CFP: The Science of Special Effects

There’s an exciting conference coming up this fall — Film & Science: Fictions, Documentaries, and Beyond, (October 30-November 2 at the Westin O’Hare Hotel in Chicago). I’m involved as an area chair on the topic of special and visual effects, sharing the honor with my friend and colleague Michael Duffy, whom I met in 2004 at a London conference on Eadweard Muybridge and spectacle. Since earning his doctorate at the University of Nottingham, Michael has returned to the U.S. and is an active and valued contributor to this blog. We share a passion for special visual effects and a strong interest in thinking “outside the box” about them; we hope the readers of Graphic Engine will be inspired to contribute a proposal for the Chicago gathering. Here’s our CFP:

The ‘Science’ of Special Effects: Aesthetic Approaches to Industry

This area examines the industrial, technological, theoretical, and aesthetic questions surrounding special-effects technologies. Presenters may investigate historical changes in special and visual effects, as in the gradual switch from physical to digital applications; they may focus on the use of visual effects in film or television texts that do not fit into typically spectacle-driven genres (i.e., effects in drama, comedy, and musical narratives instead of in action-adventure, science fiction, or fantasy); they may consider the theoretical implications of special/visual effects and technology on texts; or they may concentrate on neglected historical and aesthetic values of effects development.

Possible papers or panels might include the following:

  • An investigation of the terms “Special Effect” and “Visual Effect,” what they constitute, and how their definitions have been delineated and complicated by changing technologies.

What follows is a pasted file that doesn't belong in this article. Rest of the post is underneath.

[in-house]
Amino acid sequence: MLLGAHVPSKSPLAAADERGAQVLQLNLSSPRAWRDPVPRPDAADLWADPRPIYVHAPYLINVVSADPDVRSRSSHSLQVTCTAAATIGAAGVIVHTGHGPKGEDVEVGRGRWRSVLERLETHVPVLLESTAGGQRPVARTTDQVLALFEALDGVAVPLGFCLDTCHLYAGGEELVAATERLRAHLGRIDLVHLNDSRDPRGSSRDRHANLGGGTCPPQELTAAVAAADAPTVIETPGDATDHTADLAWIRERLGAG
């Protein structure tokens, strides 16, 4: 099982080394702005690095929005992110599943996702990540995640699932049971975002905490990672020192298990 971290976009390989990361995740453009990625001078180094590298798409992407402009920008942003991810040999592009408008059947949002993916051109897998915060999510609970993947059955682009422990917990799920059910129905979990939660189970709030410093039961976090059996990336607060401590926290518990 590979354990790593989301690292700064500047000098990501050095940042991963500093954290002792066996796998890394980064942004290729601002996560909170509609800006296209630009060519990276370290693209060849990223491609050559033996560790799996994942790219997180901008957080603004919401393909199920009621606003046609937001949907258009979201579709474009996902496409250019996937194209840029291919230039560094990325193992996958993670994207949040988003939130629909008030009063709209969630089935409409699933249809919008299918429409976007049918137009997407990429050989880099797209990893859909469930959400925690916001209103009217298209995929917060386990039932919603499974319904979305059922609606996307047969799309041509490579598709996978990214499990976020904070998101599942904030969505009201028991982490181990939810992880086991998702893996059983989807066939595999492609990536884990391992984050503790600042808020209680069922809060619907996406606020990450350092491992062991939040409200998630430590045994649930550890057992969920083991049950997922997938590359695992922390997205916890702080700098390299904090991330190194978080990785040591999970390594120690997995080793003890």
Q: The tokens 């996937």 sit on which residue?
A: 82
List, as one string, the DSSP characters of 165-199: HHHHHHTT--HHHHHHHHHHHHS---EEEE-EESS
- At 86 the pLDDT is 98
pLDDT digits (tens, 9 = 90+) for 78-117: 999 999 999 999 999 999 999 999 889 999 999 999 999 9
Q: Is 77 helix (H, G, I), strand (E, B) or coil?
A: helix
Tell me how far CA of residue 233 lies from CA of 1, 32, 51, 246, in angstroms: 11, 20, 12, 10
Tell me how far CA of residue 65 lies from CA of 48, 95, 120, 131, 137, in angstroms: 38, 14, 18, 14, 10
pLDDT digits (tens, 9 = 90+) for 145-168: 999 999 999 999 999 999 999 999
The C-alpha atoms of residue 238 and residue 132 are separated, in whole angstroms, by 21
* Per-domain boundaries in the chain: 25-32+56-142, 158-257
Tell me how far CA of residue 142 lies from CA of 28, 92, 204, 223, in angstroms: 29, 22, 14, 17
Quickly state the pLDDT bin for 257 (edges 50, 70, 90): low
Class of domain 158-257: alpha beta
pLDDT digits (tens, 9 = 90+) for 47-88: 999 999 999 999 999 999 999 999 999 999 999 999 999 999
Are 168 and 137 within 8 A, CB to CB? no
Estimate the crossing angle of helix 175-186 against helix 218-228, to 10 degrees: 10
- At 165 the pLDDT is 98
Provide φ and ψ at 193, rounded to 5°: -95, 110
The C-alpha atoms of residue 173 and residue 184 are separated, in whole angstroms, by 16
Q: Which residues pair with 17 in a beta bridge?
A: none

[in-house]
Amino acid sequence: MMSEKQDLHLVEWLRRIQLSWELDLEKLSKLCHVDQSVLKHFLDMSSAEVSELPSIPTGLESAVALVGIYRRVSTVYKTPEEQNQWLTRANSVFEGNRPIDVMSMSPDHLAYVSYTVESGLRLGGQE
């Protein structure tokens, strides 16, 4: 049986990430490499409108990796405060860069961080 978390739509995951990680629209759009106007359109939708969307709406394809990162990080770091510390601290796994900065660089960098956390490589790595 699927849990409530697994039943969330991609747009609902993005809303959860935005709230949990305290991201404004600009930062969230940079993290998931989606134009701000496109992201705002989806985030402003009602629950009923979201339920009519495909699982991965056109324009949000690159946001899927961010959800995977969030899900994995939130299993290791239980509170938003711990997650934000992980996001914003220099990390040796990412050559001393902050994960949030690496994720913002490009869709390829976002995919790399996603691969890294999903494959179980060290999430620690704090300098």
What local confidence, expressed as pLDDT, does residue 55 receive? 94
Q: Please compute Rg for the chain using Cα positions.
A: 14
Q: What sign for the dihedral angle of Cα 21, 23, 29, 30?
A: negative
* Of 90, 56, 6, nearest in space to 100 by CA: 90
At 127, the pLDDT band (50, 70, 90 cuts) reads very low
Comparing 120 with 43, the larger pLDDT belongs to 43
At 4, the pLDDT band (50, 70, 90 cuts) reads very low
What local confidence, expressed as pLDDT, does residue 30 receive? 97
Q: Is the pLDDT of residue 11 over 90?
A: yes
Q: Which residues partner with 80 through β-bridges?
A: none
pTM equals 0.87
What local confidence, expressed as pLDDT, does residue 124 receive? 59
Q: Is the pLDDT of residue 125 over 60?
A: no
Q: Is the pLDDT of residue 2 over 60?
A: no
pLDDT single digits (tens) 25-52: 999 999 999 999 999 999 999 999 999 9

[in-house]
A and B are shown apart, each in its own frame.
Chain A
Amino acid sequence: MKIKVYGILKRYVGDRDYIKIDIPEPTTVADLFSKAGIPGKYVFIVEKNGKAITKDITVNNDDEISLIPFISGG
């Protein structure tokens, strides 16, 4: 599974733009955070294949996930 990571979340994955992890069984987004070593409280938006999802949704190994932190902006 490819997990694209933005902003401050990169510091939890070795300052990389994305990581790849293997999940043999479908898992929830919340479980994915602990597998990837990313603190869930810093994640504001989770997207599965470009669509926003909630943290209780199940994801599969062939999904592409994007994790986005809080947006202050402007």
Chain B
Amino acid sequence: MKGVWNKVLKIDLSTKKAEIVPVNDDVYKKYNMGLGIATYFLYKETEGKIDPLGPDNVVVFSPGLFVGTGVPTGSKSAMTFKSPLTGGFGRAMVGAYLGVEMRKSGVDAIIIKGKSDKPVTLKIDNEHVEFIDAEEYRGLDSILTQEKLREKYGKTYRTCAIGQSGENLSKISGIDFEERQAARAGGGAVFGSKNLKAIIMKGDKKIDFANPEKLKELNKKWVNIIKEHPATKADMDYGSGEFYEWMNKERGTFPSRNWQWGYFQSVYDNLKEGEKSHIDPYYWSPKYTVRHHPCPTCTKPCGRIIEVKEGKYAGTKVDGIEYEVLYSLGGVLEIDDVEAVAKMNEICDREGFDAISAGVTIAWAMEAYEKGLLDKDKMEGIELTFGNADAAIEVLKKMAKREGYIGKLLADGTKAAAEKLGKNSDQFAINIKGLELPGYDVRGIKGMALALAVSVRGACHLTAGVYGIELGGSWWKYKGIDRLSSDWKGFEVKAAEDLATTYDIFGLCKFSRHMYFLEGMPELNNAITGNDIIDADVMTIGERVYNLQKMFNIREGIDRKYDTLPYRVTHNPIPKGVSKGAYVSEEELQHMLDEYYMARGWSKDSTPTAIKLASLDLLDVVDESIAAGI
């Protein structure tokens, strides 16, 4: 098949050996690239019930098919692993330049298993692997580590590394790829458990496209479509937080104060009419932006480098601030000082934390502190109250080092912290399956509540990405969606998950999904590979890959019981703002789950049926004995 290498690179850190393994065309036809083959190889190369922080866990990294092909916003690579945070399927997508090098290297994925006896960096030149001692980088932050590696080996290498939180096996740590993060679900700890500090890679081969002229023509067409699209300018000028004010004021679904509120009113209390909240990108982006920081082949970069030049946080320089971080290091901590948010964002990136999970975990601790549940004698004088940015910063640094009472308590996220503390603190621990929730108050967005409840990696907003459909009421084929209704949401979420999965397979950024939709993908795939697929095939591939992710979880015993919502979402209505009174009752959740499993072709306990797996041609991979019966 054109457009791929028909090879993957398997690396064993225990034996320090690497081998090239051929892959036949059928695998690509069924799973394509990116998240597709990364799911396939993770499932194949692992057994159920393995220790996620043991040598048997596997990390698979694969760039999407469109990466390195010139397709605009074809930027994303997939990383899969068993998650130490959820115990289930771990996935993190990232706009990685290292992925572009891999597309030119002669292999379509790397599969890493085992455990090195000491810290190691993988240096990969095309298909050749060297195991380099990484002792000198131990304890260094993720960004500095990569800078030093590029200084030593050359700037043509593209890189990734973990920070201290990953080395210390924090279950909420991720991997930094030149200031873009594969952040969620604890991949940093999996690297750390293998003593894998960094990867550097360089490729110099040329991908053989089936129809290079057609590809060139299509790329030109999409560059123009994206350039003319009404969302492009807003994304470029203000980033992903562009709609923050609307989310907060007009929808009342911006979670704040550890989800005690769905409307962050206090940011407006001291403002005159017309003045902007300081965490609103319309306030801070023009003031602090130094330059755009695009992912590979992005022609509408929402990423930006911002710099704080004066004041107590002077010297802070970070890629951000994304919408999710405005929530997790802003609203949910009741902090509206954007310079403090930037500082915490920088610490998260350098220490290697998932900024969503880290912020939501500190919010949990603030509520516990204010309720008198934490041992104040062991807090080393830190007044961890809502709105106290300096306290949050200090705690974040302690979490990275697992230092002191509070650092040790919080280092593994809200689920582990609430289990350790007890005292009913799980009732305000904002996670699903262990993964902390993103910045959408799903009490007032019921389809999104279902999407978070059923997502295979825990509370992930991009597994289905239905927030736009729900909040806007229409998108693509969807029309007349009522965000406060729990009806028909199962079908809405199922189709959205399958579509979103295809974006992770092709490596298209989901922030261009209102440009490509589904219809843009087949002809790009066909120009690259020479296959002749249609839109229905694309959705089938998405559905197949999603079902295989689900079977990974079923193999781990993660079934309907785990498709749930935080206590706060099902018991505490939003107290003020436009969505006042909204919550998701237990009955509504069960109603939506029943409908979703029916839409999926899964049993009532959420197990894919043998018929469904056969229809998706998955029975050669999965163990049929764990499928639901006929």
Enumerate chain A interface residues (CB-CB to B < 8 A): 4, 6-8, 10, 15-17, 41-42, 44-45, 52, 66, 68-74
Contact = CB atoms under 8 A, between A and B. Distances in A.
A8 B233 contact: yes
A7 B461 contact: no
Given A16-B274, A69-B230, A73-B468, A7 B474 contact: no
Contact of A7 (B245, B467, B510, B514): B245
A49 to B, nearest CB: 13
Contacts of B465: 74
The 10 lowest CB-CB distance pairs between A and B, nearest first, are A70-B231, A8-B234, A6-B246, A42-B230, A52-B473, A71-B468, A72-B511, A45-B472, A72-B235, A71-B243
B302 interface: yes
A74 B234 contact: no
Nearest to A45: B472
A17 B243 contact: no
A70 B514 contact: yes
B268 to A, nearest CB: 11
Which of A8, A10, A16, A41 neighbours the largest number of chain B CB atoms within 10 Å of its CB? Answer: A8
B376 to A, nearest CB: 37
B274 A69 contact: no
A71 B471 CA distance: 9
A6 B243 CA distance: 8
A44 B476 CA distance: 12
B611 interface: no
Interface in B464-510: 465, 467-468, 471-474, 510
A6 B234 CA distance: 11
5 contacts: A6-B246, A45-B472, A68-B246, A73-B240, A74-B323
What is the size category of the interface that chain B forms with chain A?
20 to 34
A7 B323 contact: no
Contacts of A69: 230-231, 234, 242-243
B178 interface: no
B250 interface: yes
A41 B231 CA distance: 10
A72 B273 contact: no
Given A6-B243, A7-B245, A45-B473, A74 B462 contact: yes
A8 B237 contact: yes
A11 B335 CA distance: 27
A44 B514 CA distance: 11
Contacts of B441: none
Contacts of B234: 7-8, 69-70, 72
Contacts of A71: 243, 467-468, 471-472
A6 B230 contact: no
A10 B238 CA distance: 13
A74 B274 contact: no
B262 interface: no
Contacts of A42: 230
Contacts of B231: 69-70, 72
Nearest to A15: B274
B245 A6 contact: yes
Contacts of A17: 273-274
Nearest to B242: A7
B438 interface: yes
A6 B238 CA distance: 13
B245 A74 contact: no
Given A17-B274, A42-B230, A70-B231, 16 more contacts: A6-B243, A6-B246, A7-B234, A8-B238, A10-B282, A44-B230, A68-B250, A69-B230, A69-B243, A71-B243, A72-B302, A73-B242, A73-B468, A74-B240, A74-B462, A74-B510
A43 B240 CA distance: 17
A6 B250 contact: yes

• Special/visual effects “stars” such as Stan Winston, Douglas Trumbull, or Richard Edlund, and their impact on the construction and application of visual effects images for mainstream/non-mainstream cinema.
  • The changing relationship between visual effects technologies and pre-production, i.e. looking at “previz,” at the development of films “around” their effects sequences, or at the use of physical materials such as maquettes as templates for eventual CG elements.
  • How contemporary visual-effects practitioners negotiate and incorporate real world “physics” into their design of digital characters (“synthespians”) and environments.
  • How visual effects contribute to the formation of complete “environments” on screen, how they are incorporated into narratives, and how meaning is affected when a physical environment is entirely fabricated.
  • The implementation of special/visual effects by costume and motion-capture “artists” and actors, and how studies of these practices can offer insight into classic and contemporary working relationships between effects practitioners, actors and crew.
  • The Visual Effects Society and its impact on the industry and filmmaking throughout the organization’s history.
  • How directors or other creative personalities use physical and digital effects in their projects (e.g., Robert Zemeckis’ application of digital technologies or Guillermo Del Toro’s proclaimed interest in keeping a 50/50 balance between physical and digital effects).

The deadline for proposals is August 1; send them to me at brehak1@swarthmore.edu or Michael at michael.s.duffy@googlemail.com. We’re also happy to kick around ideas, so even if you don’t have a completed paper, feel free to get in touch!

One thought on “CFP: The Science of Special Effects

  1. Thanks for posting this, Bob!

    I’ve been humming to the higher education karma gods for a few more proposals before August 1st!

    Cheers!

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